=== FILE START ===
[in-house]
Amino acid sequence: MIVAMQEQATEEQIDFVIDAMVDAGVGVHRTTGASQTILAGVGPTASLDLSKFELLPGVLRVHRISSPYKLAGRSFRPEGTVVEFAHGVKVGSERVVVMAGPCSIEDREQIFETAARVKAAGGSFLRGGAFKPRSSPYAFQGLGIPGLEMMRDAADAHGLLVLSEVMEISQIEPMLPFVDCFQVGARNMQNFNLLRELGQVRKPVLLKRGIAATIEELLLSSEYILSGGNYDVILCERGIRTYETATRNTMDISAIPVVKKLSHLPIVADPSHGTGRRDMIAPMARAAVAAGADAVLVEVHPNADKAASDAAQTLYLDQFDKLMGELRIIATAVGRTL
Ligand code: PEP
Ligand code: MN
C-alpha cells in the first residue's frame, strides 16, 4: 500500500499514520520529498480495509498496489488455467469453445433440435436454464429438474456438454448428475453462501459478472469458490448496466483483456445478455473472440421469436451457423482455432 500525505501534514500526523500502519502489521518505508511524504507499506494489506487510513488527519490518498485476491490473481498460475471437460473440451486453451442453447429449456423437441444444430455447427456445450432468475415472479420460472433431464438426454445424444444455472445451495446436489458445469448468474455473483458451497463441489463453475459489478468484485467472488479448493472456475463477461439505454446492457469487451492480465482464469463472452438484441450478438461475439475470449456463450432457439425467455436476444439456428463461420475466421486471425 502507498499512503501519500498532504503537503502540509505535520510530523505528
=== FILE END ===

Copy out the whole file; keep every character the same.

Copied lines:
[in-house]
Amino acid sequence: MIVAMQEQATEEQIDFVIDAMVDAGVGVHRTTGASQTILAGVGPTASLDLSKFELLPGVLRVHRISSPYKLAGRSFRPEGTVVEFAHGVKVGSERVVVMAGPCSIEDREQIFETAARVKAAGGSFLRGGAFKPRSSPYAFQGLGIPGLEMMRDAADAHGLLVLSEVMEISQIEPMLPFVDCFQVGARNMQNFNLLRELGQVRKPVLLKRGIAATIEELLLSSEYILSGGNYDVILCERGIRTYETATRNTMDISAIPVVKKLSHLPIVADPSHGTGRRDMIAPMARAAVAAGADAVLVEVHPNADKAASDAAQTLYLDQFDKLMGELRIIATAVGRTL
Ligand code: PEP
Ligand code: MN
C-alpha cells in the first residue's frame, strides 16, 4: 500500500499514520520529498480495509498496489488455467469453445433440435436454464429438474456438454448428475453462501459478472469458490448496466483483456445478455473472440421469436451457423482455432 500525505501534514500526523500502519502489521518505508511524504507499506494489506487510513488527519490518498485476491490473481498460475471437460473440451486453451442453447429449456423437441444444430455447427456445450432468475415472479420460472433431464438426454445424444444455472445451495446436489458445469448468474455473483458451497463441489463453475459489478468484485467472488479448493472456475463477461439505454446492457469487451492480465482464469463472452438484441450478438461475439475470449456463450432457439425467455436476444439456428463461420475466421486471425 502507498499512503501519500498532504503537503502540509505535520510530523505528